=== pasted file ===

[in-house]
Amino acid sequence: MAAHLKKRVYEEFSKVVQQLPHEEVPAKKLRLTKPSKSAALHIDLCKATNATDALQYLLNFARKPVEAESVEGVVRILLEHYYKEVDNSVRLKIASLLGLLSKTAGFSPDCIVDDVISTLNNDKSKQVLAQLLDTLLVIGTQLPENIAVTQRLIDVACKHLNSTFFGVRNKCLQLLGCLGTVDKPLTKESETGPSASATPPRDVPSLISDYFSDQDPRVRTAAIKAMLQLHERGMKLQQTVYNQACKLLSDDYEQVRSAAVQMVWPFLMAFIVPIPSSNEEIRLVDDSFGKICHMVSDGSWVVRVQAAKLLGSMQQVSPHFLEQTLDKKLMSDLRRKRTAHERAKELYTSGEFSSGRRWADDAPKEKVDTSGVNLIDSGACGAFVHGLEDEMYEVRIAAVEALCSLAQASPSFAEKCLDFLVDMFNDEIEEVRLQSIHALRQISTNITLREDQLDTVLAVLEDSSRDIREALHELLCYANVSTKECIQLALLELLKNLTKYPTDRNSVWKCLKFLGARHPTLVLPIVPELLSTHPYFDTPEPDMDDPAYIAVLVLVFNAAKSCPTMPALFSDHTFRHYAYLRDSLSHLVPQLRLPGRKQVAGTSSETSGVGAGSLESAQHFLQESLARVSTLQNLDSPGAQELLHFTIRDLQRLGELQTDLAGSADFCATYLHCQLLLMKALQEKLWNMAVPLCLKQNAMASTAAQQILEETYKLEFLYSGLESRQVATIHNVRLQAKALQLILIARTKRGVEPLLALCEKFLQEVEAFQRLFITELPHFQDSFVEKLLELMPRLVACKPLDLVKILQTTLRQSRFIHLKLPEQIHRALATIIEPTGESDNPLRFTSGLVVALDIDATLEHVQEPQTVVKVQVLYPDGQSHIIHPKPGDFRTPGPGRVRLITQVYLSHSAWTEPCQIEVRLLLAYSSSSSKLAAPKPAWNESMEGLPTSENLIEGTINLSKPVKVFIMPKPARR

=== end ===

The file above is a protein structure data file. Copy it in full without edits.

[in-house]
Amino acid sequence: MAAHLKKRVYEEFSKVVQQLPHEEVPAKKLRLTKPSKSAALHIDLCKATNATDALQYLLNFARKPVEAESVEGVVRILLEHYYKEVDNSVRLKIASLLGLLSKTAGFSPDCIVDDVISTLNNDKSKQVLAQLLDTLLVIGTQLPENIAVTQRLIDVACKHLNSTFFGVRNKCLQLLGCLGTVDKPLTKESETGPSASATPPRDVPSLISDYFSDQDPRVRTAAIKAMLQLHERGMKLQQTVYNQACKLLSDDYEQVRSAAVQMVWPFLMAFIVPIPSSNEEIRLVDDSFGKICHMVSDGSWVVRVQAAKLLGSMQQVSPHFLEQTLDKKLMSDLRRKRTAHERAKELYTSGEFSSGRRWADDAPKEKVDTSGVNLIDSGACGAFVHGLEDEMYEVRIAAVEALCSLAQASPSFAEKCLDFLVDMFNDEIEEVRLQSIHALRQISTNITLREDQLDTVLAVLEDSSRDIREALHELLCYANVSTKECIQLALLELLKNLTKYPTDRNSVWKCLKFLGARHPTLVLPIVPELLSTHPYFDTPEPDMDDPAYIAVLVLVFNAAKSCPTMPALFSDHTFRHYAYLRDSLSHLVPQLRLPGRKQVAGTSSETSGVGAGSLESAQHFLQESLARVSTLQNLDSPGAQELLHFTIRDLQRLGELQTDLAGSADFCATYLHCQLLLMKALQEKLWNMAVPLCLKQNAMASTAAQQILEETYKLEFLYSGLESRQVATIHNVRLQAKALQLILIARTKRGVEPLLALCEKFLQEVEAFQRLFITELPHFQDSFVEKLLELMPRLVACKPLDLVKILQTTLRQSRFIHLKLPEQIHRALATIIEPTGESDNPLRFTSGLVVALDIDATLEHVQEPQTVVKVQVLYPDGQSHIIHPKPGDFRTPGPGRVRLITQVYLSHSAWTEPCQIEVRLLLAYSSSSSKLAAPKPAWNESMEGLPTSENLIEGTINLSKPVKVFIMPKPARR